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November 23, 2011

11/23/11 We returned to the Statehouse this week to prepare for the 2012 session of the Indiana General Assembly.

Organization Day is usually a ceremonial time for lawmakers. We hear a few speeches, file bills, and start to gear up for the start of session in earnest on January 4.

This will be the short session of the Legislature, which means we must be done by the middle of March. Along the way, there will be this little event called the Super Bowl taking place in downtown Indianapolis in early February.

Even without the Super Bowl, 2012 already was shaping up to be a hectic time for lawmakers.

A short session is designed for the Legislature to address emergency matters. There should be no greater need than helping over a quarter-million Hoosiers who are officially looking for work – as well as thousands more who have either given up hope of ever finding a job or are no longer classified as unemployed.

These are not new concerns for me, as you know. In recent times, it often seems as if our pleas to the governor and his supporters to do something…anything…to get more Hoosiers back to work have fallen on deaf ears.

This week, we were told that job creation will be the top priority for the party in charge of state government.

What is their primary economic development tool? That wrongly-named idea called “right-to-work.”

Do not be swayed by the term. As has been demonstrated time and again through the years in the states that allow such policies, “right-to-work” means lower pay for workers, fewer benefits to help the families of workers, and unsafe workplaces. It should be called “right-to-work” FOR LESS.

But let us look at another way to create jobs in Indiana.

This one recognizes that small businesses are the engine that drives our state’s economy, since they are responsible for 80 percent of all new job creation. Instead of giving large corporations tax breaks that usually end up benefitting only shareholders, we help small businesses and, in turn, encourage them to hire the unemployed and Hoosier veterans.

Instead of talking about making a commitment to Hoosier workers, we demonstrate it by making sure that Hoosiers get first crack at public works jobs that are funded by our tax dollars. And if companies that demand a helping hand from Indiana taxpayers to create jobs do not live up to their end of the deal, let’s make absolutely sure that we get our money back.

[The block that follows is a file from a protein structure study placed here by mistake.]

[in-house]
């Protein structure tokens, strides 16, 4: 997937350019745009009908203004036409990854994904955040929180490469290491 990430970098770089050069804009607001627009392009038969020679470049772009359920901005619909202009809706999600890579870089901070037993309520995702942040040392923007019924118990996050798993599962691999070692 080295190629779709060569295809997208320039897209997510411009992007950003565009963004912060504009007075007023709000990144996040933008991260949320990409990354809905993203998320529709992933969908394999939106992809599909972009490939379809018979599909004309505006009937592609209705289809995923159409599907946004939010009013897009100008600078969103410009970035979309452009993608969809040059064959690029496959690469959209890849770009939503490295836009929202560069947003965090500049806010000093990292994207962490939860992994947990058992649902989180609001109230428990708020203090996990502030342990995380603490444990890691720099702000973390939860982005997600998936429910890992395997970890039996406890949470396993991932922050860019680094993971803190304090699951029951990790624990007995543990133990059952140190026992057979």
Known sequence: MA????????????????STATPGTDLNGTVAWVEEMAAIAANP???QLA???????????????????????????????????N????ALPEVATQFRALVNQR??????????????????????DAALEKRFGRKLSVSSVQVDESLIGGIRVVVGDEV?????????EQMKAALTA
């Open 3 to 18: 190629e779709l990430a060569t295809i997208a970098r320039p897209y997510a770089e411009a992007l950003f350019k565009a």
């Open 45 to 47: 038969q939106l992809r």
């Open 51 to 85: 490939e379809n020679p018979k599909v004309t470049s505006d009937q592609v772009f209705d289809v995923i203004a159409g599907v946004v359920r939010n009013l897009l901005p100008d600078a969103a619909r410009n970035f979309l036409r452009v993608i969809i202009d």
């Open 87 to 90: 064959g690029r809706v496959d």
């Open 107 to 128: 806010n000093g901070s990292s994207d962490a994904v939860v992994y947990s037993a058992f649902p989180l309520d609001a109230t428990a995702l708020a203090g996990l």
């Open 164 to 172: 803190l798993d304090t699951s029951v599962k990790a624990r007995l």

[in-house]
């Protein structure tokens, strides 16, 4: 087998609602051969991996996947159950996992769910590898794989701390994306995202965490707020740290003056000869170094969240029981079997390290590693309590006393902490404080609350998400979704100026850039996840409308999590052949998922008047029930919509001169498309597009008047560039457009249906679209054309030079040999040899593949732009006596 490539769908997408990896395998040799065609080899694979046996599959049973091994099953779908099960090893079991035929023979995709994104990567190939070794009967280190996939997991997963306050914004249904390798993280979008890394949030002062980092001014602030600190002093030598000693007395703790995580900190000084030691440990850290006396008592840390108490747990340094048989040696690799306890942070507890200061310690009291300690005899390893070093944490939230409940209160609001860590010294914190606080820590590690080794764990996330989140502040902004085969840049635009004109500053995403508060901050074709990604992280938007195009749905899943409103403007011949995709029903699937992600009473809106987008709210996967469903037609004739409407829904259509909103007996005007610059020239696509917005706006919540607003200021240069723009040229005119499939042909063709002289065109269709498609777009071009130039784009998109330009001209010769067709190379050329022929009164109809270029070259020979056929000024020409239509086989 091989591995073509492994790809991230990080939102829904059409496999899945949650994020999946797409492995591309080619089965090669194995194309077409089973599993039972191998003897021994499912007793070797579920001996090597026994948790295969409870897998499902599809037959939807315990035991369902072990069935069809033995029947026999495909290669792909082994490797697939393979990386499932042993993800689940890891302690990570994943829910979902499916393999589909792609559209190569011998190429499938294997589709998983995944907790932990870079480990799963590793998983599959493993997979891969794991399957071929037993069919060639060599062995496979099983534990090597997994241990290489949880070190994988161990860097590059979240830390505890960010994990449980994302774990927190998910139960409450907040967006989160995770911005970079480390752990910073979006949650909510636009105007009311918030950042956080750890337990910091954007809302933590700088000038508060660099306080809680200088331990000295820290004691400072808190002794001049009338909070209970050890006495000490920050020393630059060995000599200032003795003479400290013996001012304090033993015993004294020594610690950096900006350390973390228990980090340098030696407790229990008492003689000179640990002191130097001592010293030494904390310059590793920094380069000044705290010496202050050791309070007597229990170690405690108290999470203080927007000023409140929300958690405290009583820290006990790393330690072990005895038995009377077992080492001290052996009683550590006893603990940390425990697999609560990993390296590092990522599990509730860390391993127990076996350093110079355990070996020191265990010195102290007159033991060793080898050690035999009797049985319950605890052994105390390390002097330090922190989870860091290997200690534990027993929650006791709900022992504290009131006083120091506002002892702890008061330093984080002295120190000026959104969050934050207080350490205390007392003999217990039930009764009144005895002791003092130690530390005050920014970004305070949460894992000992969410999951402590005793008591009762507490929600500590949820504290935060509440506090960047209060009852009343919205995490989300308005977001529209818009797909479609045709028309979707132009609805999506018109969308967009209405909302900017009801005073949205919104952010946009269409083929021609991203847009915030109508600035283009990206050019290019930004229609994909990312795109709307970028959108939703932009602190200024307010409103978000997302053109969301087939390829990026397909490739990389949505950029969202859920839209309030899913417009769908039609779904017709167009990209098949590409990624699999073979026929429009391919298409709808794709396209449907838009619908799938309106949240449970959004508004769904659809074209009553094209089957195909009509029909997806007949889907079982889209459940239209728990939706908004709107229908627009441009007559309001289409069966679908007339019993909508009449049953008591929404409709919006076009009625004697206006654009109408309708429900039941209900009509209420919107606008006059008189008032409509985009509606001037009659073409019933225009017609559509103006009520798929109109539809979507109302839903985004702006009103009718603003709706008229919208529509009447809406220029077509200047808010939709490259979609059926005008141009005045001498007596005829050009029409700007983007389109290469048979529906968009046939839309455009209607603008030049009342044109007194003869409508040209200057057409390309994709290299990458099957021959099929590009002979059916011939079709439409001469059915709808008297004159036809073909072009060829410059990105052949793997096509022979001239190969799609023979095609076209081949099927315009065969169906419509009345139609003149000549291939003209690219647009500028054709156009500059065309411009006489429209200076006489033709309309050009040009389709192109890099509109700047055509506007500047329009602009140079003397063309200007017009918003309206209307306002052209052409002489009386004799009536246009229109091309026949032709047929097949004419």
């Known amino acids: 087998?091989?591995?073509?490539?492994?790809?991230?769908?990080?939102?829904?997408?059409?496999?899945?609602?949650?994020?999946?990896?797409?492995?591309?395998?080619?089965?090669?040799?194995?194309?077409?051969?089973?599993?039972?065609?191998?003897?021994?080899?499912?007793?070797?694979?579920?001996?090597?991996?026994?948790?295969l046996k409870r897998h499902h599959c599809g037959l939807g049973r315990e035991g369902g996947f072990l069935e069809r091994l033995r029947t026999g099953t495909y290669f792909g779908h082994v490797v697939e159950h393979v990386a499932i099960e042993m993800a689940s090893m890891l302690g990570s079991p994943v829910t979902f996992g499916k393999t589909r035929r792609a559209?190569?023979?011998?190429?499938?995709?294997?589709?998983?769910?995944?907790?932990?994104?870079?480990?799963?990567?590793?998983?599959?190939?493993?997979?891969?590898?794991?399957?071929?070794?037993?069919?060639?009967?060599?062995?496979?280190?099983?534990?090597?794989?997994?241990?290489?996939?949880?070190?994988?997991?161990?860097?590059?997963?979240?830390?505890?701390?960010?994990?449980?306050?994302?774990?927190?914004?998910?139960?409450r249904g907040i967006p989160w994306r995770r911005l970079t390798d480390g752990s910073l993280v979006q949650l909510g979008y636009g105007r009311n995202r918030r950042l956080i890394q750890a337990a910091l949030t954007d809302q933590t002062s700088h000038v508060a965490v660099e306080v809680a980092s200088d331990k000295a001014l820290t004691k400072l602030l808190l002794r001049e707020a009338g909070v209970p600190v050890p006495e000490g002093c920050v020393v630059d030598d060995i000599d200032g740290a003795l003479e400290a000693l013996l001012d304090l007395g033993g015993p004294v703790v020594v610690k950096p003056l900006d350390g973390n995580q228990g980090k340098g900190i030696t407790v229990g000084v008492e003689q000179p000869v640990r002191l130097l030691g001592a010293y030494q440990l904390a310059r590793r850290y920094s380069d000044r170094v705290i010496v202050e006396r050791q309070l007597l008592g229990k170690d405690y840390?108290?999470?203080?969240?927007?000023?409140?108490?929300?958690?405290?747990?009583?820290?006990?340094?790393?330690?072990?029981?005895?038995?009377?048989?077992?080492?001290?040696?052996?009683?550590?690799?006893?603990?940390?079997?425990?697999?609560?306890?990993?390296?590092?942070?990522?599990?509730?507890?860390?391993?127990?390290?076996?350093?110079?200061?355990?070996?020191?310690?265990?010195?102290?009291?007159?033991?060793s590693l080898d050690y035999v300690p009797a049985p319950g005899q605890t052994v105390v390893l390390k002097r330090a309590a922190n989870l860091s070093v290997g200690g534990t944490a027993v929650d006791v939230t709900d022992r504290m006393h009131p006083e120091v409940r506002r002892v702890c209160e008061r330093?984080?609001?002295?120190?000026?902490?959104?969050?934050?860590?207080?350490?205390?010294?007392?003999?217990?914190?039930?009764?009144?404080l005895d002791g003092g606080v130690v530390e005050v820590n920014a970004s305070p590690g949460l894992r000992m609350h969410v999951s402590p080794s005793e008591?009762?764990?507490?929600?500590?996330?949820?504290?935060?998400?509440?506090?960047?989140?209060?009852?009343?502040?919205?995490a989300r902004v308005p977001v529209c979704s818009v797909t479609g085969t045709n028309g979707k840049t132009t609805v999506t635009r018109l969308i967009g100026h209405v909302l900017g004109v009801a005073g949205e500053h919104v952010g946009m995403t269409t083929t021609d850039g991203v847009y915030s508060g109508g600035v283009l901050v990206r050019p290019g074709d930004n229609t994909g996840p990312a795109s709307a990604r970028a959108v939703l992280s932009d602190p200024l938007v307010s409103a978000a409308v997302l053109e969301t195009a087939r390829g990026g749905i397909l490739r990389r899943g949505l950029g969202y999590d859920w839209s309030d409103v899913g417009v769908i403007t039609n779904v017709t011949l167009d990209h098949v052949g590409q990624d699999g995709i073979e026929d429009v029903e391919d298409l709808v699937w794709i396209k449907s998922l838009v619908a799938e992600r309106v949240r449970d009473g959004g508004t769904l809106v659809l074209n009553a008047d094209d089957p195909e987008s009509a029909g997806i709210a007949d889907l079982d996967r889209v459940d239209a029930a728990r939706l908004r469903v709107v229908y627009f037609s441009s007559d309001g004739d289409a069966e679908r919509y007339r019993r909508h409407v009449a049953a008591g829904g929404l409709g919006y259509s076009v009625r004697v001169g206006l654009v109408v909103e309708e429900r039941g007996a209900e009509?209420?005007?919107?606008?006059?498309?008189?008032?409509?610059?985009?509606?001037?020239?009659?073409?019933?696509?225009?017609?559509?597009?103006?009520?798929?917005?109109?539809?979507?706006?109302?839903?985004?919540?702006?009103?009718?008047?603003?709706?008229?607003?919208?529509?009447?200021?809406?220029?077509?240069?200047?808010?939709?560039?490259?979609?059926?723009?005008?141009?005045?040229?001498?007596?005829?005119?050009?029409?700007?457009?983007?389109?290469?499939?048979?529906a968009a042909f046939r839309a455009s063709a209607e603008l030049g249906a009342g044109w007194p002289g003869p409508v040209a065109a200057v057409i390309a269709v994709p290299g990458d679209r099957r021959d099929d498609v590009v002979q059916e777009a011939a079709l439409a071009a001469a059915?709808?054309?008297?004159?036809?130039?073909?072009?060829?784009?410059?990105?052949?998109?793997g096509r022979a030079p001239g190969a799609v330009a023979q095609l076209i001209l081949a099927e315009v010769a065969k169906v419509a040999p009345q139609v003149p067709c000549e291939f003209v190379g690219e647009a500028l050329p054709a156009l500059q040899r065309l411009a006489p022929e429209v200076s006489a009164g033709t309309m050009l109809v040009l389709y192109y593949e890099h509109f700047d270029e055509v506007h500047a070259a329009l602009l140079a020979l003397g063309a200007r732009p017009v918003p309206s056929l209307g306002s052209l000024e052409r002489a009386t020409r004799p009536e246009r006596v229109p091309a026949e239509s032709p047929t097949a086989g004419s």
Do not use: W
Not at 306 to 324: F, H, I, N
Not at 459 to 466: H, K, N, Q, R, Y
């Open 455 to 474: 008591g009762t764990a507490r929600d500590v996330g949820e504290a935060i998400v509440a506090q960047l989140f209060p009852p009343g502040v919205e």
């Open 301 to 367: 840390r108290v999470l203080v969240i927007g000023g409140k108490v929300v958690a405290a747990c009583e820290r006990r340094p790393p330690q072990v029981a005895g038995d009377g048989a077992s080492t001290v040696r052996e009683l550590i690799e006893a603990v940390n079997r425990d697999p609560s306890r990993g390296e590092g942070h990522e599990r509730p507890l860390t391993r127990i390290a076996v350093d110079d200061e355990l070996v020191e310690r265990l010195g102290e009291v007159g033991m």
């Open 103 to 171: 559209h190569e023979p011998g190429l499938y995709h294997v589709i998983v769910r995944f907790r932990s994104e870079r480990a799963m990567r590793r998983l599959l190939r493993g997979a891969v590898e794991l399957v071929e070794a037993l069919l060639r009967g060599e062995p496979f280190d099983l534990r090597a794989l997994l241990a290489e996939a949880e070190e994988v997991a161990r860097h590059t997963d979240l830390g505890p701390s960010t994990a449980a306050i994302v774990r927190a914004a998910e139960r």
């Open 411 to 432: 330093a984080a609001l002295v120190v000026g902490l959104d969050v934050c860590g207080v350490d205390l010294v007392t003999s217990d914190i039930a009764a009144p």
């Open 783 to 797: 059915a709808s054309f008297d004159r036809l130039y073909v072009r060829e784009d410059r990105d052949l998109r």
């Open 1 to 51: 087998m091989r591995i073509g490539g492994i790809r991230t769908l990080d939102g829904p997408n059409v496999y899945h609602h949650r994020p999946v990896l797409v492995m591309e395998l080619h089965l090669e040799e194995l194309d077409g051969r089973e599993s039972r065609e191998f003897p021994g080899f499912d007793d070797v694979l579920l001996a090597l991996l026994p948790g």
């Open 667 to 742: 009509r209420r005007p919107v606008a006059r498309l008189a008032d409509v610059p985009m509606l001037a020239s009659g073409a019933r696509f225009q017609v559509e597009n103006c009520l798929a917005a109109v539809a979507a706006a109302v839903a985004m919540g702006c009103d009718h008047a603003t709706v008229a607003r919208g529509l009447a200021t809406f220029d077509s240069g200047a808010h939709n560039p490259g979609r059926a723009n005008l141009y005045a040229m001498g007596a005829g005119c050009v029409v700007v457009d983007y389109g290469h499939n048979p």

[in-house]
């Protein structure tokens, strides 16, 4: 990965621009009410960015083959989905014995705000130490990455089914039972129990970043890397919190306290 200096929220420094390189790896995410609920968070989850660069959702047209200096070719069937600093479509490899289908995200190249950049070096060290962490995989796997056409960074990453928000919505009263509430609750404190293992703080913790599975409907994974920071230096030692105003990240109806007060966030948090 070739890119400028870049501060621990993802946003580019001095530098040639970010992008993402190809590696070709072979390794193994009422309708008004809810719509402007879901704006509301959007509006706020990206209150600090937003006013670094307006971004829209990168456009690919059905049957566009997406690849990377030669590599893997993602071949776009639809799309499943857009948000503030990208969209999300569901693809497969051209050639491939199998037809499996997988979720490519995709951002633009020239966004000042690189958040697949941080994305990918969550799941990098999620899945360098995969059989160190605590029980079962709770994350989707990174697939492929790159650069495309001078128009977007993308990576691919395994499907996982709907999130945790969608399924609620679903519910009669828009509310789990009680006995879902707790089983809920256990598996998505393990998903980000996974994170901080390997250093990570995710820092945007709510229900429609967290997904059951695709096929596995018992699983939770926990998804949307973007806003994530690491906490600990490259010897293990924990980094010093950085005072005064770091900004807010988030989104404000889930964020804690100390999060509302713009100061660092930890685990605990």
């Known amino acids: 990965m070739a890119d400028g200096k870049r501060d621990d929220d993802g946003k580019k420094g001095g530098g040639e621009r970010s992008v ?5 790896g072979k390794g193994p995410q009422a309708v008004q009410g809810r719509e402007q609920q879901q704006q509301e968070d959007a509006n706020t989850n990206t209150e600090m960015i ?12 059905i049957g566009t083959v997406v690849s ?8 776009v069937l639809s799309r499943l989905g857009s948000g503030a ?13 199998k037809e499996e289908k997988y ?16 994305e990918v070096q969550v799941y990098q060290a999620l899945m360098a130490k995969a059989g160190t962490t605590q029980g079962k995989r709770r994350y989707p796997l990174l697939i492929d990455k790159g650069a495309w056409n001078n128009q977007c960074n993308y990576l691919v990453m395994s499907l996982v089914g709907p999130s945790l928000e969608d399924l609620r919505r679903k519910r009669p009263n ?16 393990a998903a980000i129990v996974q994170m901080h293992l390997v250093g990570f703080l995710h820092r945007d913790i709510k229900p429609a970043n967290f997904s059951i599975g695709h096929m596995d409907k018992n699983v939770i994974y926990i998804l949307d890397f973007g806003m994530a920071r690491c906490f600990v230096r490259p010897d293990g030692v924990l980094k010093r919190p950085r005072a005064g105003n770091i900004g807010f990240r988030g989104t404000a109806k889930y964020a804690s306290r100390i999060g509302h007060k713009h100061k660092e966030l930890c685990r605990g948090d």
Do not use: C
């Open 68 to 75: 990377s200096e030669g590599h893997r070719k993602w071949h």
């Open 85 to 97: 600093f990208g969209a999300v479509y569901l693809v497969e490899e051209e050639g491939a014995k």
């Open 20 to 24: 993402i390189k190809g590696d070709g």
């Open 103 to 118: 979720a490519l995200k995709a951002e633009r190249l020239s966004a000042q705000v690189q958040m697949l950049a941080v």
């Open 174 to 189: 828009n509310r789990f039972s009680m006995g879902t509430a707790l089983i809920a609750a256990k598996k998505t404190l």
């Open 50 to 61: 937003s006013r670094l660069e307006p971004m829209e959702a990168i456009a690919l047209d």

I believe these ideas will truly put Hoosiers back to work. They will encourage businesses to come to Indiana, and they will offer jobs with good pay that enable people to support their families.

I believe they are better than relying on a one-sided proposal that only will lower wages.

This will be just one example of the debate that is about to take place in the Indiana General Assembly in 2012. The people of this state will have the chance to see two different visions of Indiana’s future.

In the 2012 session, House Democrats will be proposing a plan called “Helping Hoosiers Now” that will focus on getting people back to work, giving our children the quality education they deserve, and protecting families.

In the weeks to come, I will be talking about proposals to give targeted tax relief to families, provide a renewed emphasis on early education, make a greater commitment to detecting and preventing child abuse, and continuing to restore public trust in government by eliminating the risks of “pay-to-play” scandals.

These are the kinds of issues that we need to be debating at the Statehouse. I look forward to discussing them on the floor of the Indiana House and when I travel through the district.

With the next session just around the corner, I want to tell you how to reach me to make your feelings known about any matter involving state government.

Here are the best ways to stay in touch:

Call the toll-free Statehouse telephone number of 1-800-382-9842;

Write to me in care of the Indiana House of Representatives, 200 W. Washington St., Indianapolis, IN 46204; or

E-mail me at